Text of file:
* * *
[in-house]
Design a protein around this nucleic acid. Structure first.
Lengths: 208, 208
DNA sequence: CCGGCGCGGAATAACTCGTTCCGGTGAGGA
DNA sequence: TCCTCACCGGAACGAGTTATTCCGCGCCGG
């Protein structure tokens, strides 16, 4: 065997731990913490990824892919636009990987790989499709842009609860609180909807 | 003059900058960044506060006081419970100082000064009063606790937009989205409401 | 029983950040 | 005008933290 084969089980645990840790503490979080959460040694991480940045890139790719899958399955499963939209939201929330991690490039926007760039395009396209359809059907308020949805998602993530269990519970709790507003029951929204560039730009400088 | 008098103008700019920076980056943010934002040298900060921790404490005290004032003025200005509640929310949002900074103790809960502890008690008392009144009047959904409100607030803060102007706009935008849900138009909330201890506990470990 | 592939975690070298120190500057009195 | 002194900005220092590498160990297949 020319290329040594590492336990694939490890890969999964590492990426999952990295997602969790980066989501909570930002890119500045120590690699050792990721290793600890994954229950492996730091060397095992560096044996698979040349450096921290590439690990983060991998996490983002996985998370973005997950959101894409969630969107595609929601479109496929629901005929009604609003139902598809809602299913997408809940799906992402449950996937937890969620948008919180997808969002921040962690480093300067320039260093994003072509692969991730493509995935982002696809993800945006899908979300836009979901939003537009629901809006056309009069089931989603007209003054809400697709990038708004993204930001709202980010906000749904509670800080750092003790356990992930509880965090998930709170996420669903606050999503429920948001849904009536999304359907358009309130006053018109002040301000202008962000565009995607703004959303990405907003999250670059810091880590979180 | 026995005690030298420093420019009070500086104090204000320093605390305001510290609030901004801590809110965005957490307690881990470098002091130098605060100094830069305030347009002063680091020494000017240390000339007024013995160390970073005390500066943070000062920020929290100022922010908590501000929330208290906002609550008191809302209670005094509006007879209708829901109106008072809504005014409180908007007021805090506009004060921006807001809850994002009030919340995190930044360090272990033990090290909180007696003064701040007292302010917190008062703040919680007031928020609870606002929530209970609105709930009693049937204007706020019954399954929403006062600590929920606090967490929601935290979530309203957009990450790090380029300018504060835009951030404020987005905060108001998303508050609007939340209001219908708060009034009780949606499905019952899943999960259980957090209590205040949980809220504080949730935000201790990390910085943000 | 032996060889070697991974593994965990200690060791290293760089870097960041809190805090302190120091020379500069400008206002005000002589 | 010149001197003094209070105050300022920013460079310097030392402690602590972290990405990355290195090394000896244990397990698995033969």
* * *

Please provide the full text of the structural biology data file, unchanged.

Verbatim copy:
[in-house]
Design a protein around this nucleic acid. Structure first.
Lengths: 208, 208
DNA sequence: CCGGCGCGGAATAACTCGTTCCGGTGAGGA
DNA sequence: TCCTCACCGGAACGAGTTATTCCGCGCCGG
């Protein structure tokens, strides 16, 4: 065997731990913490990824892919636009990987790989499709842009609860609180909807 | 003059900058960044506060006081419970100082000064009063606790937009989205409401 | 029983950040 | 005008933290 084969089980645990840790503490979080959460040694991480940045890139790719899958399955499963939209939201929330991690490039926007760039395009396209359809059907308020949805998602993530269990519970709790507003029951929204560039730009400088 | 008098103008700019920076980056943010934002040298900060921790404490005290004032003025200005509640929310949002900074103790809960502890008690008392009144009047959904409100607030803060102007706009935008849900138009909330201890506990470990 | 592939975690070298120190500057009195 | 002194900005220092590498160990297949 020319290329040594590492336990694939490890890969999964590492990426999952990295997602969790980066989501909570930002890119500045120590690699050792990721290793600890994954229950492996730091060397095992560096044996698979040349450096921290590439690990983060991998996490983002996985998370973005997950959101894409969630969107595609929601479109496929629901005929009604609003139902598809809602299913997408809940799906992402449950996937937890969620948008919180997808969002921040962690480093300067320039260093994003072509692969991730493509995935982002696809993800945006899908979300836009979901939003537009629901809006056309009069089931989603007209003054809400697709990038708004993204930001709202980010906000749904509670800080750092003790356990992930509880965090998930709170996420669903606050999503429920948001849904009536999304359907358009309130006053018109002040301000202008962000565009995607703004959303990405907003999250670059810091880590979180 | 026995005690030298420093420019009070500086104090204000320093605390305001510290609030901004801590809110965005957490307690881990470098002091130098605060100094830069305030347009002063680091020494000017240390000339007024013995160390970073005390500066943070000062920020929290100022922010908590501000929330208290906002609550008191809302209670005094509006007879209708829901109106008072809504005014409180908007007021805090506009004060921006807001809850994002009030919340995190930044360090272990033990090290909180007696003064701040007292302010917190008062703040919680007031928020609870606002929530209970609105709930009693049937204007706020019954399954929403006062600590929920606090967490929601935290979530309203957009990450790090380029300018504060835009951030404020987005905060108001998303508050609007939340209001219908708060009034009780949606499905019952899943999960259980957090209590205040949980809220504080949730935000201790990390910085943000 | 032996060889070697991974593994965990200690060791290293760089870097960041809190805090302190120091020379500069400008206002005000002589 | 010149001197003094209070105050300022920013460079310097030392402690602590972290990405990355290195090394000896244990397990698995033969």